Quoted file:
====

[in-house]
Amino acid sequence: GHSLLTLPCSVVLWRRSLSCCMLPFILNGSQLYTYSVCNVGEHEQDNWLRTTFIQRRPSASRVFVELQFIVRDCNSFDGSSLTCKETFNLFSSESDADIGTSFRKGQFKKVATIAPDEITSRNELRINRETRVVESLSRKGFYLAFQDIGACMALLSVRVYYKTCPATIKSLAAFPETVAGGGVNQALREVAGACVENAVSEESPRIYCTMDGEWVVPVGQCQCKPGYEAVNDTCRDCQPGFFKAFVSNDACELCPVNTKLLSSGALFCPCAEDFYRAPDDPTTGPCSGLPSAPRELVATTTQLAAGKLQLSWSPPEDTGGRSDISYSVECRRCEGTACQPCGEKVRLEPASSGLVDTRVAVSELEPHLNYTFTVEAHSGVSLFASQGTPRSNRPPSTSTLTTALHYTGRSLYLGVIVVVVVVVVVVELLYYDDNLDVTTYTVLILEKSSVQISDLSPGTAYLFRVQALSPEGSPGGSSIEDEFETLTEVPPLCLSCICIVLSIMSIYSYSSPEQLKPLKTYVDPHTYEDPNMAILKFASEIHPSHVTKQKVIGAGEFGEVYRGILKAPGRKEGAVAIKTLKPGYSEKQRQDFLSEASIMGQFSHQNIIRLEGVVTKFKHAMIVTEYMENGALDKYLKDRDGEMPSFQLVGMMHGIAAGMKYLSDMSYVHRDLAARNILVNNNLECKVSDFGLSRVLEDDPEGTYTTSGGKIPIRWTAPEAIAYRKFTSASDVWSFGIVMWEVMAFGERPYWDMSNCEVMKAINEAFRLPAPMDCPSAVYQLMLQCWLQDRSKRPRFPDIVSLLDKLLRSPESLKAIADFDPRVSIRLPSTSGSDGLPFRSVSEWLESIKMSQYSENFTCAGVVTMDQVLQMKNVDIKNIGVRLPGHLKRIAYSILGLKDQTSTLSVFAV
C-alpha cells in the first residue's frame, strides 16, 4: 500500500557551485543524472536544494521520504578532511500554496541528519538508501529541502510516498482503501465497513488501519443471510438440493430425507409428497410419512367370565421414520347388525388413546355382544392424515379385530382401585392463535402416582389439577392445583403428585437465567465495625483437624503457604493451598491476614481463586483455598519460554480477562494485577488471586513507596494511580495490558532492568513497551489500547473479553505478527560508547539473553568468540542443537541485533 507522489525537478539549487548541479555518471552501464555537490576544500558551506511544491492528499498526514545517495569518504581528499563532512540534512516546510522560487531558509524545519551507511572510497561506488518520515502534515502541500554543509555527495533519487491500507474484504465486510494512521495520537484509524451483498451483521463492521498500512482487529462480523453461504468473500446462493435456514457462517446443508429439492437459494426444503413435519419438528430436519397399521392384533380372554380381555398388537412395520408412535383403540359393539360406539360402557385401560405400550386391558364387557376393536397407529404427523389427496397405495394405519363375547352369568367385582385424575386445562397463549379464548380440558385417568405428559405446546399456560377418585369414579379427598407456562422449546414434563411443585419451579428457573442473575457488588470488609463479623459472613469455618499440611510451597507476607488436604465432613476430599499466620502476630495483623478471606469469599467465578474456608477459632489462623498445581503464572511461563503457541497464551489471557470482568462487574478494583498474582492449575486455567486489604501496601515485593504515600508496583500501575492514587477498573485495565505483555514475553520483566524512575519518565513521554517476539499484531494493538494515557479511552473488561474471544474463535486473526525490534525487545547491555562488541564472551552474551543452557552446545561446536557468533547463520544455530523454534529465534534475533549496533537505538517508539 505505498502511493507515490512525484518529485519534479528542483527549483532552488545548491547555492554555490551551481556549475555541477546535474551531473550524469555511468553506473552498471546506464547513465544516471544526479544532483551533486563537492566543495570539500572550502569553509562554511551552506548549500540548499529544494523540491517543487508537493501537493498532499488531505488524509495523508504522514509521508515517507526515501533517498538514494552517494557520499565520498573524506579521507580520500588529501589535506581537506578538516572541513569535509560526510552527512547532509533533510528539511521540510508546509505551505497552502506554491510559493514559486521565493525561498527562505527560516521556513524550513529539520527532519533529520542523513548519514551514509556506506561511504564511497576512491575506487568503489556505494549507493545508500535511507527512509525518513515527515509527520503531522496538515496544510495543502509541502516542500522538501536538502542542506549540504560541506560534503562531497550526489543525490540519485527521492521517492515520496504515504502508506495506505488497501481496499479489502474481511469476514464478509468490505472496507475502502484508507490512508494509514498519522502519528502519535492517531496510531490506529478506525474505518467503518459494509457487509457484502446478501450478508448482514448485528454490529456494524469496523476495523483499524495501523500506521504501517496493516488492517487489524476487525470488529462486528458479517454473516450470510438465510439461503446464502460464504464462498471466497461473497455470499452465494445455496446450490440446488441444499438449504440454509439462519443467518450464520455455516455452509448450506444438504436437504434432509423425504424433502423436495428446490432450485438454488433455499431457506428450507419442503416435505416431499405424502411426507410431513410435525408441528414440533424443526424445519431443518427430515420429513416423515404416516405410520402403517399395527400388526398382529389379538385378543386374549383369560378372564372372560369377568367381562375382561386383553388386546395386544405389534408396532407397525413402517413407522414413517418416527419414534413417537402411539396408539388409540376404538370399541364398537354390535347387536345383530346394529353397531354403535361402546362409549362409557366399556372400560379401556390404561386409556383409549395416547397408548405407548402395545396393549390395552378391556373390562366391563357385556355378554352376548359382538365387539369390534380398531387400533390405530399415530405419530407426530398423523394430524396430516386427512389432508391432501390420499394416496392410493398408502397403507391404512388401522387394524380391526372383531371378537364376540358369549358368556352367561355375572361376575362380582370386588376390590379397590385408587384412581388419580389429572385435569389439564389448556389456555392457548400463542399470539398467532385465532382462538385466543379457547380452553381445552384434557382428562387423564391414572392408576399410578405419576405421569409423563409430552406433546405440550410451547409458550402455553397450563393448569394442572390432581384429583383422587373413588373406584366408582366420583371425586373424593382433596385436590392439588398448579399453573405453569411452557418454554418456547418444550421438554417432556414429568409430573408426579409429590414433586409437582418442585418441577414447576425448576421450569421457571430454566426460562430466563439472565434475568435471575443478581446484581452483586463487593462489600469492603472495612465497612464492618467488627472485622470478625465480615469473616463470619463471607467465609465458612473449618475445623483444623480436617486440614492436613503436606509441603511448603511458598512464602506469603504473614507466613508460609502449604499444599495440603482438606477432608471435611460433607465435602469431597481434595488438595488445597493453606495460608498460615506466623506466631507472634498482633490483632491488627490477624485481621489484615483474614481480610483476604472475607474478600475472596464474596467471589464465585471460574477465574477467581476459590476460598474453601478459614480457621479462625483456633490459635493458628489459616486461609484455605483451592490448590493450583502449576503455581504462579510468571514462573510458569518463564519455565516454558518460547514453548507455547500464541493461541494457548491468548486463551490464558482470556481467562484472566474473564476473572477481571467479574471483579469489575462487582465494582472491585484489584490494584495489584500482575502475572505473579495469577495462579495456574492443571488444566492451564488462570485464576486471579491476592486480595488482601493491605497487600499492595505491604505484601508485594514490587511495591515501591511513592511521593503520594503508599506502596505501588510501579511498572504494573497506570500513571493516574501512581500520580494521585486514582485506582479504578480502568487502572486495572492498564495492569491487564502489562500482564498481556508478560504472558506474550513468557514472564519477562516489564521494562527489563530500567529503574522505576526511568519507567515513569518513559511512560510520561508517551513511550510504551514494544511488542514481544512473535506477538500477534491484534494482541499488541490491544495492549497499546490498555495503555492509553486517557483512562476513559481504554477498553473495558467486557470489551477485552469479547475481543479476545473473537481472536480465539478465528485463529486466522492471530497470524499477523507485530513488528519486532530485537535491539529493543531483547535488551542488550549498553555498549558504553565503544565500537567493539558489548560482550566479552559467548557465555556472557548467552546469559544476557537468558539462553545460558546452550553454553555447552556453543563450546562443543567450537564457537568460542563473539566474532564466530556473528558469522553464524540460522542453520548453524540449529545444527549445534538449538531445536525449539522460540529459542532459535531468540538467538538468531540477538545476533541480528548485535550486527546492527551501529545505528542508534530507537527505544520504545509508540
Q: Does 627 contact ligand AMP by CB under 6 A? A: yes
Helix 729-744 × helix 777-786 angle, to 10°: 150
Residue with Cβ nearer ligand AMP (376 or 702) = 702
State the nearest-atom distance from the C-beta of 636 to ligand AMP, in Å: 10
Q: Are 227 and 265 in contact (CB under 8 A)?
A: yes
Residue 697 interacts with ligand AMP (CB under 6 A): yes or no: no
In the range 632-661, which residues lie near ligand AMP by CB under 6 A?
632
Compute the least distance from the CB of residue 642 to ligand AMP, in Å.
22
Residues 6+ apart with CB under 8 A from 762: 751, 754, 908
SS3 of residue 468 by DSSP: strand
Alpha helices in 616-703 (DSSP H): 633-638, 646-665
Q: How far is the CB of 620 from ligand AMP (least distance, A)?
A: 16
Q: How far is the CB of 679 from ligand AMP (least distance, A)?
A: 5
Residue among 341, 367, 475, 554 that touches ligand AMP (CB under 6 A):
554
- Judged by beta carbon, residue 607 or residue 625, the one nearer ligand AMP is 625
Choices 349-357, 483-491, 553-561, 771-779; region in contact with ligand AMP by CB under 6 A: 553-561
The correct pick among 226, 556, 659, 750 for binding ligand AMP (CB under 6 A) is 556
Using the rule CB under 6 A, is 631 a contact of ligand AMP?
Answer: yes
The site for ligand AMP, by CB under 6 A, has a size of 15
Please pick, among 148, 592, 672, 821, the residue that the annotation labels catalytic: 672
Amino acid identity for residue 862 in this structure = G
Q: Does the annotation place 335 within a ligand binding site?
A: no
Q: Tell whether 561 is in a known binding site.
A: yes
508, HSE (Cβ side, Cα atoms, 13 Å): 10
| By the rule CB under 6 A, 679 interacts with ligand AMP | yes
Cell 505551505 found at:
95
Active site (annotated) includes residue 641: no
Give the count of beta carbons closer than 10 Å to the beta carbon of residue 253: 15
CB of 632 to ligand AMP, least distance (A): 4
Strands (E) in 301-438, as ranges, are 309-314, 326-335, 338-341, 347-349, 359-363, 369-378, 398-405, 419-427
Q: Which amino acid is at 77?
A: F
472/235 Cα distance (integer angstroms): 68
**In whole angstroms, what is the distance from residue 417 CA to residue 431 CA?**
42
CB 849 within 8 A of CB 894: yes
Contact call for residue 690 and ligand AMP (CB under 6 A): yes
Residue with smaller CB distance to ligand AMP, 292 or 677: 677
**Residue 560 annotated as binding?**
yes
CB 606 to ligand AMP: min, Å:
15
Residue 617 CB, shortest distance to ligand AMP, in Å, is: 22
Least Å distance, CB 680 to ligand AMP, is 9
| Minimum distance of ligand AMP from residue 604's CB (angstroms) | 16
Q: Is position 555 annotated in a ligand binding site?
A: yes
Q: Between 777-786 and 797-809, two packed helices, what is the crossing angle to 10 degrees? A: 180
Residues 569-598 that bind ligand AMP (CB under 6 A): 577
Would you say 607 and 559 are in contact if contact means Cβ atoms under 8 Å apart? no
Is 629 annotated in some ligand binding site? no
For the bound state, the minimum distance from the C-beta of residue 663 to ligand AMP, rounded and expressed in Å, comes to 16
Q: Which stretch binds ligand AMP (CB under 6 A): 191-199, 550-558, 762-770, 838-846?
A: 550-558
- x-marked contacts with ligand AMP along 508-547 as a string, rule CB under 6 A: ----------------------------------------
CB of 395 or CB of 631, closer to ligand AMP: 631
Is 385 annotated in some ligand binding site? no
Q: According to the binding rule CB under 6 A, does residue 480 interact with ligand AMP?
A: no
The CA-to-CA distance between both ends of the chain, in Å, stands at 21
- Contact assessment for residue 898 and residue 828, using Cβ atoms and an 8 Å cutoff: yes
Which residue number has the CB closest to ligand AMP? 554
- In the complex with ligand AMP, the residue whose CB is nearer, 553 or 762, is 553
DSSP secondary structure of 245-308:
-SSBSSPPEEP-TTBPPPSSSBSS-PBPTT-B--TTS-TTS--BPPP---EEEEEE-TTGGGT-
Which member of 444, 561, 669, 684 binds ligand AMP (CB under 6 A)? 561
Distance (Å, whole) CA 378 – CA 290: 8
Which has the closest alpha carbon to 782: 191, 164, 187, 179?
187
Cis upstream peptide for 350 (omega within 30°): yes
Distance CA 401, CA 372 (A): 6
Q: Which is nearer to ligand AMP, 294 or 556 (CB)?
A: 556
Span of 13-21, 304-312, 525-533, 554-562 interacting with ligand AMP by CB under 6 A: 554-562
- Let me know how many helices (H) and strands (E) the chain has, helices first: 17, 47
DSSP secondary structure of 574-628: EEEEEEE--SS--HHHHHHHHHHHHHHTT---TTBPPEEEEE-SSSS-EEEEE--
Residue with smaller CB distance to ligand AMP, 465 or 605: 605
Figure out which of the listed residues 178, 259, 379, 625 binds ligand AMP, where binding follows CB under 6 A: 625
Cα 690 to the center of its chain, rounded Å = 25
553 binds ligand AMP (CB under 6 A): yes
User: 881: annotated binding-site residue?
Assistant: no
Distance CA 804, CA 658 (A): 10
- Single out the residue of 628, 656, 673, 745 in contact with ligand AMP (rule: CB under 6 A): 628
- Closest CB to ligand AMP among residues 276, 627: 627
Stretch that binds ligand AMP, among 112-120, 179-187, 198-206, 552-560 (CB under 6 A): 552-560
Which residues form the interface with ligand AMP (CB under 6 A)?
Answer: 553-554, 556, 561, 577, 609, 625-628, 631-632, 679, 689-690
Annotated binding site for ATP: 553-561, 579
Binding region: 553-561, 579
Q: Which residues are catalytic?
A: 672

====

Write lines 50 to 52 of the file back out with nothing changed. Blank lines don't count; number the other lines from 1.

Contact call for residue 690 and ligand AMP (CB under 6 A): yes
Residue with smaller CB distance to ligand AMP, 292 or 677: 677
**Residue 560 annotated as binding?**